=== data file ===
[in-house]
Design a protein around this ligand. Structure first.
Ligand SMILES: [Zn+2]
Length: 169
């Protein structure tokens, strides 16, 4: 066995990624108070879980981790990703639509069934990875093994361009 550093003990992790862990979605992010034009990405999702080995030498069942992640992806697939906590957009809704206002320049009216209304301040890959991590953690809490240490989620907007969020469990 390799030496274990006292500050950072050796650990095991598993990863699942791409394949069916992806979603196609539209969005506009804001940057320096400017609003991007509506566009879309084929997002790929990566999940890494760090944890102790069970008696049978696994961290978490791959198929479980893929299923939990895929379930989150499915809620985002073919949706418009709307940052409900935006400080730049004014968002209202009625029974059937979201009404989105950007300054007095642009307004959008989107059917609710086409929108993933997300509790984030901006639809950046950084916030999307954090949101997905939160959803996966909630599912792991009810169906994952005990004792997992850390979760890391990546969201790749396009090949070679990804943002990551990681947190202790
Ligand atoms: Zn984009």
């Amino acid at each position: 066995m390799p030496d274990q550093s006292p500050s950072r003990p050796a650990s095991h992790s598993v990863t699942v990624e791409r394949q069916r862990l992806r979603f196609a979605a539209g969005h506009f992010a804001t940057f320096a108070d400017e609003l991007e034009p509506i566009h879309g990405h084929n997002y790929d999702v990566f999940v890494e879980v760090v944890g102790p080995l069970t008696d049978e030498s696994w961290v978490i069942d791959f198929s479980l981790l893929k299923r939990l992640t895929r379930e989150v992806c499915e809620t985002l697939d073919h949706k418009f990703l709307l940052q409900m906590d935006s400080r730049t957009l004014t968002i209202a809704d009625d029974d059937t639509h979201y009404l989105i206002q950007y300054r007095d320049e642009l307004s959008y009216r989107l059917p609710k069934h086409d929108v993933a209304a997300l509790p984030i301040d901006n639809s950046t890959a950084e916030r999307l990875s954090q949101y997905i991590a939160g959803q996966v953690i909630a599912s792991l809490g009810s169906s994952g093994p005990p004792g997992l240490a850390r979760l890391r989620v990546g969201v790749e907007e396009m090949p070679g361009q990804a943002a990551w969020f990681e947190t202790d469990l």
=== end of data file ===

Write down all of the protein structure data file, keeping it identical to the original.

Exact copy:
[in-house]
Design a protein around this ligand. Structure first.
Ligand SMILES: [Zn+2]
Length: 169
């Protein structure tokens, strides 16, 4: 066995990624108070879980981790990703639509069934990875093994361009 550093003990992790862990979605992010034009990405999702080995030498069942992640992806697939906590957009809704206002320049009216209304301040890959991590953690809490240490989620907007969020469990 390799030496274990006292500050950072050796650990095991598993990863699942791409394949069916992806979603196609539209969005506009804001940057320096400017609003991007509506566009879309084929997002790929990566999940890494760090944890102790069970008696049978696994961290978490791959198929479980893929299923939990895929379930989150499915809620985002073919949706418009709307940052409900935006400080730049004014968002209202009625029974059937979201009404989105950007300054007095642009307004959008989107059917609710086409929108993933997300509790984030901006639809950046950084916030999307954090949101997905939160959803996966909630599912792991009810169906994952005990004792997992850390979760890391990546969201790749396009090949070679990804943002990551990681947190202790
Ligand atoms: Zn984009």
């Amino acid at each position: 066995m390799p030496d274990q550093s006292p500050s950072r003990p050796a650990s095991h992790s598993v990863t699942v990624e791409r394949q069916r862990l992806r979603f196609a979605a539209g969005h506009f992010a804001t940057f320096a108070d400017e609003l991007e034009p509506i566009h879309g990405h084929n997002y790929d999702v990566f999940v890494e879980v760090v944890g102790p080995l069970t008696d049978e030498s696994w961290v978490i069942d791959f198929s479980l981790l893929k299923r939990l992640t895929r379930e989150v992806c499915e809620t985002l697939d073919h949706k418009f990703l709307l940052q409900m906590d935006s400080r730049t957009l004014t968002i209202a809704d009625d029974d059937t639509h979201y009404l989105i206002q950007y300054r007095d320049e642009l307004s959008y009216r989107l059917p609710k069934h086409d929108v993933a209304a997300l509790p984030i301040d901006n639809s950046t890959a950084e916030r999307l990875s954090q949101y997905i991590a939160g959803q996966v953690i909630a599912s792991l809490g009810s169906s994952g093994p005990p004792g997992l240490a850390r979760l890391r989620v990546g969201v790749e907007e396009m090949p070679g361009q990804a943002a990551w969020f990681e947190t202790d469990l």